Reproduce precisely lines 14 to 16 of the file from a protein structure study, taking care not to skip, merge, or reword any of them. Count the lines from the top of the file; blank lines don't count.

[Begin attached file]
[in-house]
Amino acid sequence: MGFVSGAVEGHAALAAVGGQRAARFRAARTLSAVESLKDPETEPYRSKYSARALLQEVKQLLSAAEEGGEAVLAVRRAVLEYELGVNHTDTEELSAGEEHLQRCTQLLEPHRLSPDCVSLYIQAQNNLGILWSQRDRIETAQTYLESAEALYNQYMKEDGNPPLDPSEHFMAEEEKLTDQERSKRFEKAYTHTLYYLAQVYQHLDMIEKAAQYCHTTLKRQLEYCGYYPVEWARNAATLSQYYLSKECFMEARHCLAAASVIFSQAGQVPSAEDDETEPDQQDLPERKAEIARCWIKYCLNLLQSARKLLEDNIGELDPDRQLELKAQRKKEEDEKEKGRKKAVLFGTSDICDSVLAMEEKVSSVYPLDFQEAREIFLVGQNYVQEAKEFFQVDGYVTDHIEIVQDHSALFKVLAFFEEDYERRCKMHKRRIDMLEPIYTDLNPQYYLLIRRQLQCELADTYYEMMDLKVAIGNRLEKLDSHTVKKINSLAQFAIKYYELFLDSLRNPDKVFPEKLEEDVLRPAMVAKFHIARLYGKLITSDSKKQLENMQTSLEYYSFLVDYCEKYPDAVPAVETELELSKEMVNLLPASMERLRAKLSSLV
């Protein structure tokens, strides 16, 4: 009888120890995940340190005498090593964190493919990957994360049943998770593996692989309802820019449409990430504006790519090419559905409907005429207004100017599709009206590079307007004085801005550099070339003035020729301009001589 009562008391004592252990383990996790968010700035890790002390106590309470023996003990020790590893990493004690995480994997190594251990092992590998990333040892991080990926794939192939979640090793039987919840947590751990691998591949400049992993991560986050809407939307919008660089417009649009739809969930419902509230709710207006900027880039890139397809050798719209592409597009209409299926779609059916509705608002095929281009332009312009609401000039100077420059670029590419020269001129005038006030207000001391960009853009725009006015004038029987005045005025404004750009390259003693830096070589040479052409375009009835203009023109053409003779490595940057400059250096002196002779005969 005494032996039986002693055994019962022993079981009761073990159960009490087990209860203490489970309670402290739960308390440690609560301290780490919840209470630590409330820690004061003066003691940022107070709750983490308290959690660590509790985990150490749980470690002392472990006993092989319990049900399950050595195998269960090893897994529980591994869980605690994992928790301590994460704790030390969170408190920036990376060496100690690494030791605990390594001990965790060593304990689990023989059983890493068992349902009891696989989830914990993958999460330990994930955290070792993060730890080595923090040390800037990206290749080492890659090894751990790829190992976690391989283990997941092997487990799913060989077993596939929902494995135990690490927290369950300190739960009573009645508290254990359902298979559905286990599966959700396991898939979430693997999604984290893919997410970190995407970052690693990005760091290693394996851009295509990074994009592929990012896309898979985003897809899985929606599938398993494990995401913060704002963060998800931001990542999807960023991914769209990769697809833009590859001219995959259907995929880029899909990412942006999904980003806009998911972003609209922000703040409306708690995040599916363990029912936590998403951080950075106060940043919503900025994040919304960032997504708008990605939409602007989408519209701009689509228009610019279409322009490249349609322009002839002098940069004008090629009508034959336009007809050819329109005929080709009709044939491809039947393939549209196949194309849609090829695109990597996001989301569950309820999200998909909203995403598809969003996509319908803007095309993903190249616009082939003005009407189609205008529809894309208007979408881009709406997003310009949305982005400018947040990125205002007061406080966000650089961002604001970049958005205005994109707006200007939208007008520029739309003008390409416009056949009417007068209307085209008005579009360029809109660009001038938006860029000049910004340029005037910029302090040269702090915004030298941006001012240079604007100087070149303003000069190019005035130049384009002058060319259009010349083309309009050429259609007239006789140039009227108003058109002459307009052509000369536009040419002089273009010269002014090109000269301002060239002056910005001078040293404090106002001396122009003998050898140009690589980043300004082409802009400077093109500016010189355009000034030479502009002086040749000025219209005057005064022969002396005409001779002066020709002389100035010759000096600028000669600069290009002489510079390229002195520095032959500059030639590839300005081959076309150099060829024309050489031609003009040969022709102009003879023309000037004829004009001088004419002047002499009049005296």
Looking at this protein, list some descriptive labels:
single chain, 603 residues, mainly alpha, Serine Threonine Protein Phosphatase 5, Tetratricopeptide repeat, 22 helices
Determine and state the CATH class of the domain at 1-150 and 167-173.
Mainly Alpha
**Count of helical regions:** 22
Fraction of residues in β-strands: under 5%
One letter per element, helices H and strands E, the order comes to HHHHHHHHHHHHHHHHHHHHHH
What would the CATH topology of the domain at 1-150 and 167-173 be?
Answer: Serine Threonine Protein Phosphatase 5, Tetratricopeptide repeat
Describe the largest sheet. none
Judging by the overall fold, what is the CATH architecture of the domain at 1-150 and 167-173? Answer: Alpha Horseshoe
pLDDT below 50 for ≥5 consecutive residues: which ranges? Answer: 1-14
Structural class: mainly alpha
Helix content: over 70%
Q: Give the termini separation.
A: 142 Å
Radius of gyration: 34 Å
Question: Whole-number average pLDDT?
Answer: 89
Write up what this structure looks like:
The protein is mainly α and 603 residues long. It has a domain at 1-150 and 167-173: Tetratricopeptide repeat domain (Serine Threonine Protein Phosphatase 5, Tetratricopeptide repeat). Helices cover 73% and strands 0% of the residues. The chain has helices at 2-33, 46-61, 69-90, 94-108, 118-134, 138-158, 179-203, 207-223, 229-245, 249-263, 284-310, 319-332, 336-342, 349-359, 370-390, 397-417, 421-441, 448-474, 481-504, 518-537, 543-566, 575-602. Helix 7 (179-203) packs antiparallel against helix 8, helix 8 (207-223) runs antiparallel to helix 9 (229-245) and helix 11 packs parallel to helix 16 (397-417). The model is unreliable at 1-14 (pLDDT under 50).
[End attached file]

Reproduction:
Judging by the overall fold, what is the CATH architecture of the domain at 1-150 and 167-173? Answer: Alpha Horseshoe
pLDDT below 50 for ≥5 consecutive residues: which ranges? Answer: 1-14
Structural class: mainly alpha